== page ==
Writing Swift applications with Worklight 6.2 and below

This article is for customers running Worklight 6.2 and below. For newer versions of Worklight/MobileFirst, see 6.3, 7.0 or 7.1.

The Worklight native iOS SDK is written in Objective-C. However, Swift is backward compatible with Objective-C, and allows you to use Objective-C APIs in your Swift project.

To do so:

  1. Create a Swift project.
  2. Follow the steps to add the Worklight SDK to a native iOS application (see 6.2 documentation, or 6.1).
  3. Create a new file in your XCode project called MyBridgingHeader.h.
  4. Inside this file, #include all the Objective-C headers needed for your application. Those could be your own Objective-C classes, or classes provided by a third party library, such as Worklight.

    To see the list of Objective-C headers provided by Worklight, look under the WorklightAPI/include folder of your native application.

    For example, in a Worklight 6.2 project, your bridging header may look like this:

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    #import "AbstractAcquisitionError.h"
    #import "AbstractGeoAreaTrigger.h"
    #import "AbstractGeoDwellTrigger.h"
    #import "AbstractPosition.h"
    #import "AbstractTrigger.h"
    #import "AbstractWifiAreaTrigger.h"
    #import "AbstractWifiDwellTrigger.h"
    #import "AbstractWifiFilterTrigger.h"
    #import "AcquisitionCallback.h"
    #import "AcquisitionFailureCallback.h"
    #import "BaseChallengeHandler.h"
    #import "BaseDeviceAuthChallengeHandler.h"
    #import "ChallengeHandler.h"
    #import "JSONStore.h"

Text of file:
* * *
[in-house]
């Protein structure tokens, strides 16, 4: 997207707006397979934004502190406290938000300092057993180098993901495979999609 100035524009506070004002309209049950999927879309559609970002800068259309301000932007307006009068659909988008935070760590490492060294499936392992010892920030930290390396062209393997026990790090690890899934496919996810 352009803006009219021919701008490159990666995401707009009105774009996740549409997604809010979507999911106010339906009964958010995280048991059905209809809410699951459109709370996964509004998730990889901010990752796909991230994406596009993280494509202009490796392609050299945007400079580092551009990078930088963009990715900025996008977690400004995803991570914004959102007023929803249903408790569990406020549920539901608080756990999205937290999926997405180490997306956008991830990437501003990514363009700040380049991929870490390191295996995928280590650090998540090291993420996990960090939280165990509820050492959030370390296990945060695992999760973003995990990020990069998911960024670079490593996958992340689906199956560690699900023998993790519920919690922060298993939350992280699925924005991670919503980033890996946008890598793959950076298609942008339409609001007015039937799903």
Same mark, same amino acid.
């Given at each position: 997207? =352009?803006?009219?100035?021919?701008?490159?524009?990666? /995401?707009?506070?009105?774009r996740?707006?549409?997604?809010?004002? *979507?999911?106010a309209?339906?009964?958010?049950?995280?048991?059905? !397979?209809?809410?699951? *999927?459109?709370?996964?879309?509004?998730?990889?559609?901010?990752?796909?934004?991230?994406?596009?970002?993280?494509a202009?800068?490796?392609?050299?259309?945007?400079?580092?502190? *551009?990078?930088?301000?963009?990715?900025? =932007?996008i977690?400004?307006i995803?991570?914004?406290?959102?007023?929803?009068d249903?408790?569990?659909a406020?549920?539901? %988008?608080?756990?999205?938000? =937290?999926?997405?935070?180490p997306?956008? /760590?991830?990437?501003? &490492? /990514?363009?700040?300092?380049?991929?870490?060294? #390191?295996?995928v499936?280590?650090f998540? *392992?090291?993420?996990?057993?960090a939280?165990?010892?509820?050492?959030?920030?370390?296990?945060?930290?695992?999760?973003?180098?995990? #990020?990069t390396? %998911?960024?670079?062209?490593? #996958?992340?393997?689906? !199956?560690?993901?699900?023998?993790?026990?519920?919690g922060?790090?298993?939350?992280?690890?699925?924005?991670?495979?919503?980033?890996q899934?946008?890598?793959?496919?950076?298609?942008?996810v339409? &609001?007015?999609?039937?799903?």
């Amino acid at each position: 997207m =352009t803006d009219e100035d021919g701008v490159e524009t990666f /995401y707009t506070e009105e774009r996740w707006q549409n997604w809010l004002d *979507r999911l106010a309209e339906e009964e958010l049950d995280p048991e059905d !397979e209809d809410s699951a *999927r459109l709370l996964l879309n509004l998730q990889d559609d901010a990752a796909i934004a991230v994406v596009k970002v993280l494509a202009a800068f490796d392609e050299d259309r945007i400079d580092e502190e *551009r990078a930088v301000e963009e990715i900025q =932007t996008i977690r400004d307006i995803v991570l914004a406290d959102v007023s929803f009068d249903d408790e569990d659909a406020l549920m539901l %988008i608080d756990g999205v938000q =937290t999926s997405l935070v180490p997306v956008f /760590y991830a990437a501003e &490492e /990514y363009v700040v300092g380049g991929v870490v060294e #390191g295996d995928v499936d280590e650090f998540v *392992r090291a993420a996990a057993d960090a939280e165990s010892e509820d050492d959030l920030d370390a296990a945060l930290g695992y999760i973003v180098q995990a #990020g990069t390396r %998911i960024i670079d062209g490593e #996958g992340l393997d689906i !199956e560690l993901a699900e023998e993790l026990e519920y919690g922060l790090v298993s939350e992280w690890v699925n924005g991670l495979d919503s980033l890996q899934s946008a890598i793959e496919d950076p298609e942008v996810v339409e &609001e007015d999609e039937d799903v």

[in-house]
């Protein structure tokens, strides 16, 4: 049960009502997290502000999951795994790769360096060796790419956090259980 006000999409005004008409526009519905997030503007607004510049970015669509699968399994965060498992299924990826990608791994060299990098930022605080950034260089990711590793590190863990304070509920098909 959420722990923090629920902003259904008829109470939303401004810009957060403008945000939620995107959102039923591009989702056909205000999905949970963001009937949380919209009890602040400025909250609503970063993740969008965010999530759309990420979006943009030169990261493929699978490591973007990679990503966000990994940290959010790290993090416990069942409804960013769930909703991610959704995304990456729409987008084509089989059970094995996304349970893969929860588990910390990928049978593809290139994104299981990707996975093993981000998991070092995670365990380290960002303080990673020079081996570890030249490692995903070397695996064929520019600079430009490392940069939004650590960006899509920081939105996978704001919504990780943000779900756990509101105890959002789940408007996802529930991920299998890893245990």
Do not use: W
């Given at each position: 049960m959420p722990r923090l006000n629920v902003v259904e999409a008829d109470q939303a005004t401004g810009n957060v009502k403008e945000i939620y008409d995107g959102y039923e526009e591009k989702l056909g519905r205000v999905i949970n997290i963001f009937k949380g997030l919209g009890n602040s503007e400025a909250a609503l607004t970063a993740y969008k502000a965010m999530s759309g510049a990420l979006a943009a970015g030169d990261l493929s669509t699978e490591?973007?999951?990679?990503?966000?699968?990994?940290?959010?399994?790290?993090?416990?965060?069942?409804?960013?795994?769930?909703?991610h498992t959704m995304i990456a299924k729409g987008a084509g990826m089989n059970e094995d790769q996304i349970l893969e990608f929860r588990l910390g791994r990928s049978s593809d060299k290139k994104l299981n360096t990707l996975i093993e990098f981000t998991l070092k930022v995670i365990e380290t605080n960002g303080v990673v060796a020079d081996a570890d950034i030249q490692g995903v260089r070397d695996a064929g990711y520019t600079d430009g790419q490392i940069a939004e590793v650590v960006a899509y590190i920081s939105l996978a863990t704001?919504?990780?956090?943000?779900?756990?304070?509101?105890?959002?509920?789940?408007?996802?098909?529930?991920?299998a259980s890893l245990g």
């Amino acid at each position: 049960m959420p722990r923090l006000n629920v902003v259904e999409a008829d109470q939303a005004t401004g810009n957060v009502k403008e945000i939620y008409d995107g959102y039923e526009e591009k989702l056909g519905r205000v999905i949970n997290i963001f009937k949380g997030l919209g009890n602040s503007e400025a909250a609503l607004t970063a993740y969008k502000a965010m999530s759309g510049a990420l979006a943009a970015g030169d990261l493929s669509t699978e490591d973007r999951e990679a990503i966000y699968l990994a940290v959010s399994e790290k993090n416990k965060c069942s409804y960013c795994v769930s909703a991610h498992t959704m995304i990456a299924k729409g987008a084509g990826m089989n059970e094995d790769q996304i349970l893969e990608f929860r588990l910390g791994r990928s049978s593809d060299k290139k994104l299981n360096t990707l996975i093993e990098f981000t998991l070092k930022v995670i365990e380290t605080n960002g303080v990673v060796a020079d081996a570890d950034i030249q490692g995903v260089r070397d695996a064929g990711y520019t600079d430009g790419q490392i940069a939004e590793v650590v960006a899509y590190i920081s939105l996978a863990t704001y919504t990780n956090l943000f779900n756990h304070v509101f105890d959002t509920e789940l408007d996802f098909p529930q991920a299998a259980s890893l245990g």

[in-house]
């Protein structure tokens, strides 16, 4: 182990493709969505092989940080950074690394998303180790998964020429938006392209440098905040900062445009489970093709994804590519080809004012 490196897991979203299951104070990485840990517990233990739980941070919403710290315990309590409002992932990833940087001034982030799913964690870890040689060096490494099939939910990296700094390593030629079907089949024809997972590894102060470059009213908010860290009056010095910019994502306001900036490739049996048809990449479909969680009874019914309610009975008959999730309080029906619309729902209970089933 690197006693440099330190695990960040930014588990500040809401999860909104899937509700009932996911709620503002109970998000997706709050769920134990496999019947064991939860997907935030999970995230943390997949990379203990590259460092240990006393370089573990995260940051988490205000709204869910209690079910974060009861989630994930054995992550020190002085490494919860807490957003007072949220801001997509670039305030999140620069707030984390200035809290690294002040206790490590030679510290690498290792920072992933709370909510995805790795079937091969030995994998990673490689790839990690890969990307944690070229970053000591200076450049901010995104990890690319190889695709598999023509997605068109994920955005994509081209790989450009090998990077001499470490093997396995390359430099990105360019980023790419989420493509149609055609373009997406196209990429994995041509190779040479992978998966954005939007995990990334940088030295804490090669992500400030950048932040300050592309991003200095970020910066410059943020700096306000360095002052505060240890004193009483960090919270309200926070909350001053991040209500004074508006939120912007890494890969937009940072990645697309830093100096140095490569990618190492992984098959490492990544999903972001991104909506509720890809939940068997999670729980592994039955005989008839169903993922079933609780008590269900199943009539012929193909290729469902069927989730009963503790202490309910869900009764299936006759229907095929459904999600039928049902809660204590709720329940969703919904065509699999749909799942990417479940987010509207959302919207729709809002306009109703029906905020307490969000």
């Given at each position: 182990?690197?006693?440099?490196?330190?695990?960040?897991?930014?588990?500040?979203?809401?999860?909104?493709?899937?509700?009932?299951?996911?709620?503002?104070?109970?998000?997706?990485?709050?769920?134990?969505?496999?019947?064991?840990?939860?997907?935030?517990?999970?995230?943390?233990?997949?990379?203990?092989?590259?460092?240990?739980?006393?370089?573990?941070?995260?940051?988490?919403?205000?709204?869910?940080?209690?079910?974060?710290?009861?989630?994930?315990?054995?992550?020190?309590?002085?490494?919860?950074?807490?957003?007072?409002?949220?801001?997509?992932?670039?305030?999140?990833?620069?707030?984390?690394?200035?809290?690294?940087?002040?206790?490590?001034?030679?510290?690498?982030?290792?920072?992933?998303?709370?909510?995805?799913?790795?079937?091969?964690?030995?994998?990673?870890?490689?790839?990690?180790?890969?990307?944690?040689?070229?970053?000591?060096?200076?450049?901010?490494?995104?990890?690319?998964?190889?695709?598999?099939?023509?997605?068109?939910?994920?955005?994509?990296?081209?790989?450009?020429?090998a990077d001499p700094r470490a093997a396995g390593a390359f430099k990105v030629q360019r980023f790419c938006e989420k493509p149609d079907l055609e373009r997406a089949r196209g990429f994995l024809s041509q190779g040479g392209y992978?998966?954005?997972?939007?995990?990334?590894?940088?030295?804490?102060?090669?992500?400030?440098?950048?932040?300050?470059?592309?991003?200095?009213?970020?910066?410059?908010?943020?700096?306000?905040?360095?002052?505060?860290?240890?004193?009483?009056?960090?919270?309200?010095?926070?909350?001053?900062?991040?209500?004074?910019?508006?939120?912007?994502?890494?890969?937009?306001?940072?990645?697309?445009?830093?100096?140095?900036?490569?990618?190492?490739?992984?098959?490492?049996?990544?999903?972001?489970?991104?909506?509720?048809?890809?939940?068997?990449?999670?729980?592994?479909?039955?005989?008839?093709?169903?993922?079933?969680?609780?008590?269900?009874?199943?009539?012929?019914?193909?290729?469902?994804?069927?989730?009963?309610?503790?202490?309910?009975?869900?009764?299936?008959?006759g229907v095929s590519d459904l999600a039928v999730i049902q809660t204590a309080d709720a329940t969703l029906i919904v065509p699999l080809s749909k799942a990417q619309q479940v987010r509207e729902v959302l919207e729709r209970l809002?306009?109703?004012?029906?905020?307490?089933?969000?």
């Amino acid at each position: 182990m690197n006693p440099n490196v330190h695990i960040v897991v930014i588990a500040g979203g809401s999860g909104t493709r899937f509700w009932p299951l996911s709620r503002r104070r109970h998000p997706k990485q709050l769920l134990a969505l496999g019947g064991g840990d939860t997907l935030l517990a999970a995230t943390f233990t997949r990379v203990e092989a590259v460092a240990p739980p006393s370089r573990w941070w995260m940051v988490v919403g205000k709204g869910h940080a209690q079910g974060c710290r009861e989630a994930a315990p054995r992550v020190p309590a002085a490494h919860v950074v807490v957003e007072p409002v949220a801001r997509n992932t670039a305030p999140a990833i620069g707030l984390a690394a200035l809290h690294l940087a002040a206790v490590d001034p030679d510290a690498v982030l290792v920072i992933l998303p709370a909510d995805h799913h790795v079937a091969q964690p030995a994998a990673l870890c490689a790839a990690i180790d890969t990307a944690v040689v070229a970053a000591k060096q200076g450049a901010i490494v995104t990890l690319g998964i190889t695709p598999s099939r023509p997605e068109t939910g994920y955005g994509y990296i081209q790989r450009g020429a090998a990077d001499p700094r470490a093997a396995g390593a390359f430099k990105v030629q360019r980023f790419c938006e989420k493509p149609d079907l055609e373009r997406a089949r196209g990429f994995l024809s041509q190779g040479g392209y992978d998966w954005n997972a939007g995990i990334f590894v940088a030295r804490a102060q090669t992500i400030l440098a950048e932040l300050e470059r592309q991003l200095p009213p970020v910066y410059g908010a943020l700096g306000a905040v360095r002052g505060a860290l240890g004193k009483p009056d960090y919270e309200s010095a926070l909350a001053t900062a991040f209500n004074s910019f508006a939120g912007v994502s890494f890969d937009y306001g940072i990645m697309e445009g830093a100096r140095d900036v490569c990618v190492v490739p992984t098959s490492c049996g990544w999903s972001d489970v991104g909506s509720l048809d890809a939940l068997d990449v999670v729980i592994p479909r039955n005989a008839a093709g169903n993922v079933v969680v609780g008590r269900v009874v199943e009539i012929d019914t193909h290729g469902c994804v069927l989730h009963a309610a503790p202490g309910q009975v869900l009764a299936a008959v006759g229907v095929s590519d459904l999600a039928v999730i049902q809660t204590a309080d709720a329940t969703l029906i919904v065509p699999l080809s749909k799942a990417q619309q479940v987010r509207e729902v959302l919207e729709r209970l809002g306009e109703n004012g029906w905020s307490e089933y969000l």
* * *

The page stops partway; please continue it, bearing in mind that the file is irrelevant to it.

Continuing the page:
#import "JSONStoreAddOptions.h"
    #import "JSONStoreCollection.h"
    #import "JSONStoreOpenOptions.h"
    #import "JSONStoreQueryOptions.h"
    #import "JSONStoreQueryPart.h"
    #import "OCLogger.h"
    #import "WLAcquisitionFailureCallbacksConfiguration.h"
    #import "WLAcquisitionPolicy.h"
    #import "WLAnalytics.h"
    #import "WLArea.h"
    #import "WLCallbackFactory.h"
    #import "WLChallengeHandler.h"
    #import "WLCircle.h"
    #import "WLClient.h"
    #import "WLConfidenceLevel.h"
    #import "WLCookieExtractor.h"
    #import "WLCoordinate.h"
    #import "WLDelegate.h"
    #import "WLDevice.h"
    #import "WLDeviceAuthManager.h"
    #import "WLDeviceContext.h"
    #import "WLEventSourceListener.h"
    #import "WLEventTransmissionPolicy.h"
    #import "WLFailResponse.h"
    #import "WLGeoAcquisitionPolicy.h"
    #import "WLGeoCallback.h"
    #import "WLGeoDwellInsideTrigger.h"
    #import "WLGeoDwellOutsideTrigger.h"
    #import "WLGeoEnterTrigger.h"
    #import "WLGeoError.h"
    #import "WLGeoExitTrigger.h"
    #import "WLGeoFailureCallback.h"
    #import "WLGeoPosition.h"
    #import "WLGeoPositionChangeTrigger.h"
    #import "WLGeoTrigger.h"
    #import "WLGeoUtils.h"
    #import "WLLocationServicesConfiguration.h"
    #import "WLOnReadyToSubscribeListener.h"
    #import "WLPolygon.h"
    #import "WLProcedureInvocationData.h"
    #import "WLProcedureInvocationResult.h"
    #import "WLPush.h"
    #import "WLPushOptions.h"
    #import "WLResponse.h"
    #import "WLResponseListener.h"
    #import "WLSecurityUtils.h"
    #import "WLSimpleDataSharing.h"
    #import "WLTriggerCallback.h"
    #import "WLTriggersConfiguration.h"
    #import "WLTrusteer.h"
    #import "WLWifiAccessPoint.h"
    #import "WLWifiAccessPointFilter.h"
    #import "WLWifiAcquisitionCallback.h"
    #import "WLWifiAcquisitionPolicy.h"
    #import "WLWifiConnectTrigger.h"
    #import "WLWifiConnectedCallback.h"
    #import "WLWifiDisconnectTrigger.h"
    #import "WLWifiDwellInsideTrigger.h"
    #import "WLWifiDwellOutsideTrigger.h"
    #import "WLWifiEnterTrigger.h"
    #import "WLWifiError.h"
    #import "WLWifiExitTrigger.h"
    #import "WLWifiFailureCallback.h"
    #import "WLWifiLocation.h"
    #import "WLWifiTrigger.h"
    #import "WLWifiVisibleAccessPointsChangeTrigger.h"
    
    This file should also include any other Objective-C headers you need to use.
  5. Now, you need to tell XCode that MyBridgingHeader.h is the Swift bridging header to use.
    Under Build Settings > Swift Compiler > Objective-C Bridging Header, set the path to your bridging header, such as $(SRCROOT)/MyApp/MyBridgingHeader.h.

All the MobileFirst classes are now available from any of your Swift files.
XCode provides code autocompletion converted to the Swift style.

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Last modified on May 01, 2016
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